Weekly Top 10: Questioning DevOps?
This week’s top news unravels some unique (and contrarian) perspectives. On the one hand, is DevOps still young enough to be considered immature? Or, on the other hand, is it so overhyped that it’s on the path to disintegration?
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Since DevOps’ rise, it has ostensibly been sitting on a pedestal with practitioners admiring its capability to both transform organizational culture and reform tooling and delivery practices. With the hype growing quickly, it was only a matter of time until other takes on DevOps made their way into the limelight.
This week’s top news unravels some unique (and contrarian) perspectives. On the one hand, is DevOps still young enough to be considered immature? Or, on the other hand, is it so overhyped that it’s on the path to disintegration? While these different viewpoints are welcomed, they are not to say that DevOps’ benefits have now suddenly vanished. Consider these key takeaways from the recent DevOps Enterprise Summit in London, and the security toolkit considerations the practice fosters. While the hype around DevOps will definitely change over time, its benefits are clear, and it’s not going anywhere anytime soon.
1) DevOps: The Spotty Faced Yoof Waiting to Blossom
DevOps is a concept that we’ve all started coming across more and more in the last few months. Critically, it’s taken a bit of a leap just lately because people have started to: (a) define it formally and (b) actually agree to a decent extent on what the definition is. So, for what it’s worth, Wikipedia talks of DevOps as: “A culture, movement or practice that emphasizes the collaboration and communication of both software developers and other information-technology (IT) professionals while automating the process of software delivery and infrastructure changes.”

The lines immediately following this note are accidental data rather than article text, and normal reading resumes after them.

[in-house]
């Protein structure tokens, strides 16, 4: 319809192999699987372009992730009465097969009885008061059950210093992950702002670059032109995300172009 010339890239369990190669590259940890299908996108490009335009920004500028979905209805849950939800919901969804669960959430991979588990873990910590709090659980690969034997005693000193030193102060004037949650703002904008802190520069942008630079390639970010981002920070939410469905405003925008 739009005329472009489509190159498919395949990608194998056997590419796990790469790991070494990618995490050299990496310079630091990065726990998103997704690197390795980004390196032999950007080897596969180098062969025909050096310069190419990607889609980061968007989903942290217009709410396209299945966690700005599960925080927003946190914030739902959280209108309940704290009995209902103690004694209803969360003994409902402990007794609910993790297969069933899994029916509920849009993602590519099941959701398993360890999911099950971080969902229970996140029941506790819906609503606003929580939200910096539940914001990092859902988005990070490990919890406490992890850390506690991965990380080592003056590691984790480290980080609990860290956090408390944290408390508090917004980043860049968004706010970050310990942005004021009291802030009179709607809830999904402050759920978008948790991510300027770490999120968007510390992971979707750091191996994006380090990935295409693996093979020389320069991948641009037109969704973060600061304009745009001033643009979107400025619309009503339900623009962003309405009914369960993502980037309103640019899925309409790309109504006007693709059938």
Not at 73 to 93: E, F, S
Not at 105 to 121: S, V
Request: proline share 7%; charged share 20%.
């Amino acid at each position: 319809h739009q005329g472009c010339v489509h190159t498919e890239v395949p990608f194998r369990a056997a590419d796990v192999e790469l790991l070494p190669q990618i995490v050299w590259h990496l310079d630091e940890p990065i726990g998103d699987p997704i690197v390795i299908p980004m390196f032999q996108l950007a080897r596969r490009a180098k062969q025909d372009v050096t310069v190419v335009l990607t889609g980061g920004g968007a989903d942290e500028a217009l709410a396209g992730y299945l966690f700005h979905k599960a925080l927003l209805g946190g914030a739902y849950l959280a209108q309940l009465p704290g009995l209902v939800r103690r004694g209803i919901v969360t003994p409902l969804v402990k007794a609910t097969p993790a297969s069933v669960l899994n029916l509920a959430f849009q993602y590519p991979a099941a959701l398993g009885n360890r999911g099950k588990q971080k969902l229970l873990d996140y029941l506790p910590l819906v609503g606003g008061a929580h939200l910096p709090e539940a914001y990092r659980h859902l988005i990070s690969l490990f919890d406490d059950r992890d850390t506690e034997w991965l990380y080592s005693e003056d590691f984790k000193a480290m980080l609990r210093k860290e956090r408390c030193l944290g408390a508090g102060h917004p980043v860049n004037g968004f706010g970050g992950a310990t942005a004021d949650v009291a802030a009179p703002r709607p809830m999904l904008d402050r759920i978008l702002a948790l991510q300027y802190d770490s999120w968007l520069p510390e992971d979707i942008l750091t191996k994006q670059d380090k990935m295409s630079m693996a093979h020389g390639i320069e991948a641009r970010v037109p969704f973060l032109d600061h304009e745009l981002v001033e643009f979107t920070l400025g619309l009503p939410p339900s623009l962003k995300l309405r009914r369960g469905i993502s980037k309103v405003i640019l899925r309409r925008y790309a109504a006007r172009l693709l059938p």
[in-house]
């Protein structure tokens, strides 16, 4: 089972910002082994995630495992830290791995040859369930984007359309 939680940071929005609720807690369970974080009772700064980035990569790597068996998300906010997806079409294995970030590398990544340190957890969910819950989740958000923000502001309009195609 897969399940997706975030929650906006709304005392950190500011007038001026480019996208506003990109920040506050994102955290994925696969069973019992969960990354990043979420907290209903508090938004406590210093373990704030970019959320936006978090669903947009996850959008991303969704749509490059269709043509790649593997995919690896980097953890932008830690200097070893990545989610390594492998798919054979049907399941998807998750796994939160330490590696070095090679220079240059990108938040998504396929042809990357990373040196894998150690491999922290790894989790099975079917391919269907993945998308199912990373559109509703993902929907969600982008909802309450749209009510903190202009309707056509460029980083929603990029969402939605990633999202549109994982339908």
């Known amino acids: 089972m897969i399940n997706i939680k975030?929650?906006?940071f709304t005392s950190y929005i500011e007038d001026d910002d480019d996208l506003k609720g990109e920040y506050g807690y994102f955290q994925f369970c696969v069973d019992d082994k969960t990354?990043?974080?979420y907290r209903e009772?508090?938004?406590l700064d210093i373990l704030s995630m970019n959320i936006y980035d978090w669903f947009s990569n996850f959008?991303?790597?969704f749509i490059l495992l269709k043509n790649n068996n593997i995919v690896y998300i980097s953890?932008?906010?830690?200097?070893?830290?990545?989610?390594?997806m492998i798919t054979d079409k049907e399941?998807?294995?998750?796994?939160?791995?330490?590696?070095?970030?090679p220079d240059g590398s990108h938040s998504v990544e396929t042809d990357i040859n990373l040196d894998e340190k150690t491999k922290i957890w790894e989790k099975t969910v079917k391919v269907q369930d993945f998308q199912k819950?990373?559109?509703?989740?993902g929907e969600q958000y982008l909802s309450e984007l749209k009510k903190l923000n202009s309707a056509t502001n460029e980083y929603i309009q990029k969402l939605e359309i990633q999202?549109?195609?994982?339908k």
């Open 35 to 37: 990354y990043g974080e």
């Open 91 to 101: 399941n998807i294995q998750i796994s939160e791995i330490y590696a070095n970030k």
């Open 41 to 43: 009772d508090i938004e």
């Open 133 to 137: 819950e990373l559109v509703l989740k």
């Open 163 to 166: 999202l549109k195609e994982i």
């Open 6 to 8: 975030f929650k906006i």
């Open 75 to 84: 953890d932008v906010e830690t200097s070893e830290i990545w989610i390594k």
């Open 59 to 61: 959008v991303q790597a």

2) DevOps Is Disintegrating. But Maybe That’s OK
By @jpaulreed | Published on @TechBeaconCom
DevOps is disintegrating. Such a claim may sound absurd if you search Google for the term, glance at the program of any IT Ops-related conference, check out all of the DevOps resources out there, or listen to the buzz in daily Scrum meetings across the industry. But you need to understand what I mean by the word “disintegrate.” I’m not talking about what happens when you blow something up or the slow process of some ancient object turning to dust. DevOps certainly isn’t disintegrating in either of those ways.
3) What Serverless Computing Really Means
It’s always unfortunate to start the definition of a phrase by calling it a misnomer, but that’s where you have to begin with serverless computing: Of course there will always be servers! Serverless computing merely adds another layer of abstraction atop cloud infrastructure, so developers no longer need to worry about servers, including virtual ones in the cloud.
4) Driving a Digital Transformation
The need for speed is driving businesses into a digital revolution, with agile as the engine. As expectations for quality user experiences rise higher than ever before (be it with context-aware mobile apps, or websites with no room for performance mishaps), organizations are being forced to rethink the way their entire businesses operate.
5) DevOps Across the Pond: A DOES16 London Reprise